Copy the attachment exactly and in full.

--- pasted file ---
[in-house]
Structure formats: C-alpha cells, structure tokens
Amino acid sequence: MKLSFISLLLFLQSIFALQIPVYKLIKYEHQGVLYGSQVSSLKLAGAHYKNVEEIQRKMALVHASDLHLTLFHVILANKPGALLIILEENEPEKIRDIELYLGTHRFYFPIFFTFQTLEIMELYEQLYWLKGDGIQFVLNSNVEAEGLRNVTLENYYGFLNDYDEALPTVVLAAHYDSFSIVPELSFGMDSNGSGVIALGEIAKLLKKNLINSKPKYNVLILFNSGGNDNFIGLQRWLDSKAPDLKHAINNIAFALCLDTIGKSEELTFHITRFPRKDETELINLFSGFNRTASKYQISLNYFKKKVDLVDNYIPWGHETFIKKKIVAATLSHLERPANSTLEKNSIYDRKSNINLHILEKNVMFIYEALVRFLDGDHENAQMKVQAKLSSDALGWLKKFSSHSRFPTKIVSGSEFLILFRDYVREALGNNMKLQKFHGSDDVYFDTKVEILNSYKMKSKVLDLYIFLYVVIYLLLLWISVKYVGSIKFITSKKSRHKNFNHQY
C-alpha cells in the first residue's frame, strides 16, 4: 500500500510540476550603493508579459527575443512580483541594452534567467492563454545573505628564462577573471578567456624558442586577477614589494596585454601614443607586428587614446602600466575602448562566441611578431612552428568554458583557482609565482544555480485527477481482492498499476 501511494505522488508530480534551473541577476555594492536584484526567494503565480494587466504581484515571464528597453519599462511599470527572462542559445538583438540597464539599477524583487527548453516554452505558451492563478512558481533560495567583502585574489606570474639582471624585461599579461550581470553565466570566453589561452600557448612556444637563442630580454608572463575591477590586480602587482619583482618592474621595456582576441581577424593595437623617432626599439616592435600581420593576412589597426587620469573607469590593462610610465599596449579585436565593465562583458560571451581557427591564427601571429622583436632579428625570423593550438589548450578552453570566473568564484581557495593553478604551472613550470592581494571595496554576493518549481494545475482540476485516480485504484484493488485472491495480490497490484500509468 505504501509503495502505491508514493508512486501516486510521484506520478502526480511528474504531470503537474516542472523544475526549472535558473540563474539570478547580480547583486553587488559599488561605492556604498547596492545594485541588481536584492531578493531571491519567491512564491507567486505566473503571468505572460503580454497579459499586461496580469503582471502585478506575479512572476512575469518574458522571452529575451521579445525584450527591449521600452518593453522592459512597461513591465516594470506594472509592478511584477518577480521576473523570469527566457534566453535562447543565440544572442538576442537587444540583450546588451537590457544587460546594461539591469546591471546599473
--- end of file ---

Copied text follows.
[in-house]
Structure formats: C-alpha cells, structure tokens
Amino acid sequence: MKLSFISLLLFLQSIFALQIPVYKLIKYEHQGVLYGSQVSSLKLAGAHYKNVEEIQRKMALVHASDLHLTLFHVILANKPGALLIILEENEPEKIRDIELYLGTHRFYFPIFFTFQTLEIMELYEQLYWLKGDGIQFVLNSNVEAEGLRNVTLENYYGFLNDYDEALPTVVLAAHYDSFSIVPELSFGMDSNGSGVIALGEIAKLLKKNLINSKPKYNVLILFNSGGNDNFIGLQRWLDSKAPDLKHAINNIAFALCLDTIGKSEELTFHITRFPRKDETELINLFSGFNRTASKYQISLNYFKKKVDLVDNYIPWGHETFIKKKIVAATLSHLERPANSTLEKNSIYDRKSNINLHILEKNVMFIYEALVRFLDGDHENAQMKVQAKLSSDALGWLKKFSSHSRFPTKIVSGSEFLILFRDYVREALGNNMKLQKFHGSDDVYFDTKVEILNSYKMKSKVLDLYIFLYVVIYLLLLWISVKYVGSIKFITSKKSRHKNFNHQY
C-alpha cells in the first residue's frame, strides 16, 4: 500500500510540476550603493508579459527575443512580483541594452534567467492563454545573505628564462577573471578567456624558442586577477614589494596585454601614443607586428587614446602600466575602448562566441611578431612552428568554458583557482609565482544555480485527477481482492498499476 501511494505522488508530480534551473541577476555594492536584484526567494503565480494587466504581484515571464528597453519599462511599470527572462542559445538583438540597464539599477524583487527548453516554452505558451492563478512558481533560495567583502585574489606570474639582471624585461599579461550581470553565466570566453589561452600557448612556444637563442630580454608572463575591477590586480602587482619583482618592474621595456582576441581577424593595437623617432626599439616592435600581420593576412589597426587620469573607469590593462610610465599596449579585436565593465562583458560571451581557427591564427601571429622583436632579428625570423593550438589548450578552453570566473568564484581557495593553478604551472613550470592581494571595496554576493518549481494545475482540476485516480485504484484493488485472491495480490497490484500509468 505504501509503495502505491508514493508512486501516486510521484506520478502526480511528474504531470503537474516542472523544475526549472535558473540563474539570478547580480547583486553587488559599488561605492556604498547596492545594485541588481536584492531578493531571491519567491512564491507567486505566473503571468505572460503580454497579459499586461496580469503582471502585478506575479512572476512575469518574458522571452529575451521579445525584450527591449521600452518593453522592459512597461513591465516594470506594472509592478511584477518577480521576473523570469527566457534566453535562447543565440544572442538576442537587444540583450546588451537590457544587460546594461539591469546591471546599473